Posted by: Shaba Nabi29 November 2013
We have almost become immune to the constant berating by the press about how GP partners are all lazy, overpaid and clueless. But what we do not expect is for prominent GPs to jump on the bandwagon that GP principals have exceeded their sell by date.
Those who believe that the independent contractor status lies at the root of all the problems in primary care demonstrate at best naivety, and at worst, a hidden agenda. The cracks within general practice are a symptom and not a cause of the crisis that is facing the health service.
UK general practice, through the partnership model, is the most cost-effective delivery of primary care in the Western World because:
We are not paid for activity but through capitation. This means limitless (and often valueless) work can be piled on to us for no increase in income.
- We are some of the most skilled GPs in the world, looking after everything from severe mental illness, neonatology, pregnancy and patients with complex co-morbidities who were historically managed in secondary care.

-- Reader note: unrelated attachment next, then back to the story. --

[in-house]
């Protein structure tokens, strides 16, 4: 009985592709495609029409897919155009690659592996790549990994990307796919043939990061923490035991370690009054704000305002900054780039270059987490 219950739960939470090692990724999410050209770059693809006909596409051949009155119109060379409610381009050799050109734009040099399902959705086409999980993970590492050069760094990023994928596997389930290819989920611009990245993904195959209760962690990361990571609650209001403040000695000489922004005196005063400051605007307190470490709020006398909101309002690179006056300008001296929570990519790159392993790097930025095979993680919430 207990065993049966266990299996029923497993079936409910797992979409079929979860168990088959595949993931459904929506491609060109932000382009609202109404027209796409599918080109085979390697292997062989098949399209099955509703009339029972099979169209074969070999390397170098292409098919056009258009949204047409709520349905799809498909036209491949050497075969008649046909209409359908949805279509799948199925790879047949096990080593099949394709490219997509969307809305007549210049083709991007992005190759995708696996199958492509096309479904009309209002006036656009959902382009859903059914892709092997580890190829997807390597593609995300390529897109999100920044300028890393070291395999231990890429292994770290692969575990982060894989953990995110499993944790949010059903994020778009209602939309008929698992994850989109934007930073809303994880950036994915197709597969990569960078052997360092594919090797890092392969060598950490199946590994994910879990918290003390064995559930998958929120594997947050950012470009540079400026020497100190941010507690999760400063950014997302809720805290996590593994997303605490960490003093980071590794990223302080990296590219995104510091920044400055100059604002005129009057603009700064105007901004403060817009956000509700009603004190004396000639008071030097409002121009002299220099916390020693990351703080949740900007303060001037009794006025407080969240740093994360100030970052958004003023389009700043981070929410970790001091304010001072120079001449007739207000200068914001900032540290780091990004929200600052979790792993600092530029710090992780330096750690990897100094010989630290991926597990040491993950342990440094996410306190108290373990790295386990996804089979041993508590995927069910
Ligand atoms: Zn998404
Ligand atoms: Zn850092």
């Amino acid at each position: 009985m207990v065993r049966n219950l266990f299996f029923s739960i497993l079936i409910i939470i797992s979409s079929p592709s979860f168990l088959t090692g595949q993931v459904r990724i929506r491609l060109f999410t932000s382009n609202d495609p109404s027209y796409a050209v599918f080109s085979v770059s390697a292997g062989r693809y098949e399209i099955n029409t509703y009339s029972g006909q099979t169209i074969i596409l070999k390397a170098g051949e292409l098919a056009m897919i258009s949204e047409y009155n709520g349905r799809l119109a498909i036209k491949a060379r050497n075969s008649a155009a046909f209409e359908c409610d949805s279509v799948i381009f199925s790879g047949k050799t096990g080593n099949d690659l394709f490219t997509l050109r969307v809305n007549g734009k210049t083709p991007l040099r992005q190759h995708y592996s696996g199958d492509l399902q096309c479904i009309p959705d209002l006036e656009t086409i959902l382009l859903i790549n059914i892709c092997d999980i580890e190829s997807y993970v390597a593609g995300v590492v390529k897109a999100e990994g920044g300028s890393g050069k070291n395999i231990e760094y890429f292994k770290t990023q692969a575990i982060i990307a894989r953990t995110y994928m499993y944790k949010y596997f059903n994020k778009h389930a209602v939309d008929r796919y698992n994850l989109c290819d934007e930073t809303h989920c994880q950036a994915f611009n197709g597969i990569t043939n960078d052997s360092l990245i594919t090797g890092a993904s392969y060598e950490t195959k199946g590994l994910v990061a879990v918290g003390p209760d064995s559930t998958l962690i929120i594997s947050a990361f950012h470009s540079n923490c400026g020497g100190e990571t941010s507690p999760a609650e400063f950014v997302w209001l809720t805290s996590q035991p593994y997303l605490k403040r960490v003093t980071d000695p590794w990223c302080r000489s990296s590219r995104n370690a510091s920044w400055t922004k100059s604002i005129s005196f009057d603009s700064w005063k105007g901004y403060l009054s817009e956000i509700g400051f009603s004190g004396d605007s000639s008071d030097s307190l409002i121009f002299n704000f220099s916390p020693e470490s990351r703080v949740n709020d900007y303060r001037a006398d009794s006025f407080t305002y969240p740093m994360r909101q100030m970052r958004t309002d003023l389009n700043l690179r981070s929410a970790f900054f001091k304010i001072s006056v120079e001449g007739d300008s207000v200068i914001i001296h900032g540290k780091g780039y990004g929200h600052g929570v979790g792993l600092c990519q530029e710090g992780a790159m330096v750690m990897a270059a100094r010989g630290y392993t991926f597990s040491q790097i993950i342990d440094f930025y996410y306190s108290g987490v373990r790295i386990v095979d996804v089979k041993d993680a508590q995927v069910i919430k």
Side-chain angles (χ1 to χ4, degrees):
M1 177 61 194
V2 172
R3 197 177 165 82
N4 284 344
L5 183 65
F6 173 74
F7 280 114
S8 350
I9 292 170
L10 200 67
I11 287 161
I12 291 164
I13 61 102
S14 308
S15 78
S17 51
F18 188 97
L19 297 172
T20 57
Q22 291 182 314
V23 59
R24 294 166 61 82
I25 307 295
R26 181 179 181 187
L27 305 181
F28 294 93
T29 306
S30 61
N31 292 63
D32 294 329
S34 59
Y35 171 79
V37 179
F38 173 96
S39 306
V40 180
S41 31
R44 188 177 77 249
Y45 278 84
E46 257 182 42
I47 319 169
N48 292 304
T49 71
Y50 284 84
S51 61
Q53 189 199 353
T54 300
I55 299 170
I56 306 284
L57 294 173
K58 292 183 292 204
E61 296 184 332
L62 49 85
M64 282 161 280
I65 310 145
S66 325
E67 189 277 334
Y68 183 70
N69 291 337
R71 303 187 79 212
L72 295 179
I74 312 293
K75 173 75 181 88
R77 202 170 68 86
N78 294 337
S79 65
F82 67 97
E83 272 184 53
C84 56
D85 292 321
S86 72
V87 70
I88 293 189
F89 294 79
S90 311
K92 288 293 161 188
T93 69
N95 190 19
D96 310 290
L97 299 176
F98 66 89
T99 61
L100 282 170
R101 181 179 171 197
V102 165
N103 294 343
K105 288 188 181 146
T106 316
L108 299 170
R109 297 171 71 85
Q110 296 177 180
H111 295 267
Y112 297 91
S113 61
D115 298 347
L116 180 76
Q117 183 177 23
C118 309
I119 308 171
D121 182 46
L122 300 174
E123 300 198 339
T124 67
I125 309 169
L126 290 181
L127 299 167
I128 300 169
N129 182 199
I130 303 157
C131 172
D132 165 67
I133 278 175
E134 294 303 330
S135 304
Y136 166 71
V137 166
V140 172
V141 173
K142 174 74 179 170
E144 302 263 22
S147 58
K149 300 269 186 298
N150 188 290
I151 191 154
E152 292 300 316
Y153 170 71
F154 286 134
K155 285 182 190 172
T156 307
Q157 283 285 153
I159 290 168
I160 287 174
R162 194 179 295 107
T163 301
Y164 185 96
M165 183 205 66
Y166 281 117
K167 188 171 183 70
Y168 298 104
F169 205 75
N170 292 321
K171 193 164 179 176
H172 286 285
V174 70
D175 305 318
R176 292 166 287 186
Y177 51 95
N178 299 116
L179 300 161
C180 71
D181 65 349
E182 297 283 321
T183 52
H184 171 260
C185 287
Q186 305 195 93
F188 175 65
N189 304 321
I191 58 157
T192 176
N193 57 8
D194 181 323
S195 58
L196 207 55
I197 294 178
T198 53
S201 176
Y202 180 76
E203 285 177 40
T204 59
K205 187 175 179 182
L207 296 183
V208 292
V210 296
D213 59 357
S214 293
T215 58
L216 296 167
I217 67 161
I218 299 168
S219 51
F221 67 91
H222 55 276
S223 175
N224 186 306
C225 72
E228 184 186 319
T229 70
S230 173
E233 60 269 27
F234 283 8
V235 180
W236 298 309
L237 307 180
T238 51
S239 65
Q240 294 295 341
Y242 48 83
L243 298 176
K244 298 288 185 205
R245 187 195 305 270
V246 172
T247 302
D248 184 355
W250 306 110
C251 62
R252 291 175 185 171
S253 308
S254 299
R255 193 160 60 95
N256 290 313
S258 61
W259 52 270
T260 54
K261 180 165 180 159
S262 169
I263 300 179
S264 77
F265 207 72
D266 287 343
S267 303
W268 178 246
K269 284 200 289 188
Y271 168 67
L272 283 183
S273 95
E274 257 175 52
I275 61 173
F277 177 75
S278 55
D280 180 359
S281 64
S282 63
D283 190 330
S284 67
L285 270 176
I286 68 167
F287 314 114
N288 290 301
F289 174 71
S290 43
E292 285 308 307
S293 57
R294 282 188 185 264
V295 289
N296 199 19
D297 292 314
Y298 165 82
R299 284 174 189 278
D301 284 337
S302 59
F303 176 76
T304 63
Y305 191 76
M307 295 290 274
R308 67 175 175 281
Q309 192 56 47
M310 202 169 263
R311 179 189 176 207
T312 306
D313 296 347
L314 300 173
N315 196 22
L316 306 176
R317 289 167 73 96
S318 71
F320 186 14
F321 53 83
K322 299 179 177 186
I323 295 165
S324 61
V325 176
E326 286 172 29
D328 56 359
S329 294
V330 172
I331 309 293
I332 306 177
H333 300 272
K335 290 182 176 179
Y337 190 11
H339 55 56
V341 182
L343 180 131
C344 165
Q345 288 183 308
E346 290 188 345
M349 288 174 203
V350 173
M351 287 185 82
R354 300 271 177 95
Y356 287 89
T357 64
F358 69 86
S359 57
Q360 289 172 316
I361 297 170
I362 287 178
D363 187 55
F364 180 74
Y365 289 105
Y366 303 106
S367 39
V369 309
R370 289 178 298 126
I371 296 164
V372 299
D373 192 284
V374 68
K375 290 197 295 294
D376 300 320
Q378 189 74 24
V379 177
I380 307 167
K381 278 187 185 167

- The increased demands and expectations of patients, fuelled by the choice agenda of successive governments, has not cost a penny of public money as it is all being sucked up by partnerships that have had very little investment in the last 10 years.
So why are politicians, the press and now senior GPs questioning the value of the independent contractor status? The answer is very simple.
We are at breaking point.
We have had enough of the bureaucracy, the tick boxes, the protocols, the patients’ demands and most of all, the lack of respect. So in a rather topsy turvy world, instead of addressing some of the issues that are causing this demoralisation, it is felt that the whole partnership model is flawed. Instead of questioning the effectiveness of partnership models, we should be demanding a massive investment into an area of healthcare delivery that has already saved the country millions of pounds.
Those who are happy to abdicate their management responsibilities and become salaried staff, in return for set hours of work and decent terms and conditions, are deluded if they think things will improve. The country cannot afford us unless we go down a co-payment route and that is likely to be the hidden agenda; blaming GPs for the demise of the NHS.
As for me, I would rather work out the rest of my years, treating everyone equally, irrespective of their income. But I cannot do this without the support of the government and my leaders.
Don’t fix what ain’t broken…just nurture it a little more and you will continue to get the best primary care in the world.
You will not realise this until it’s gone.
Dr Shaba Nabi is a GP trainer in Bristol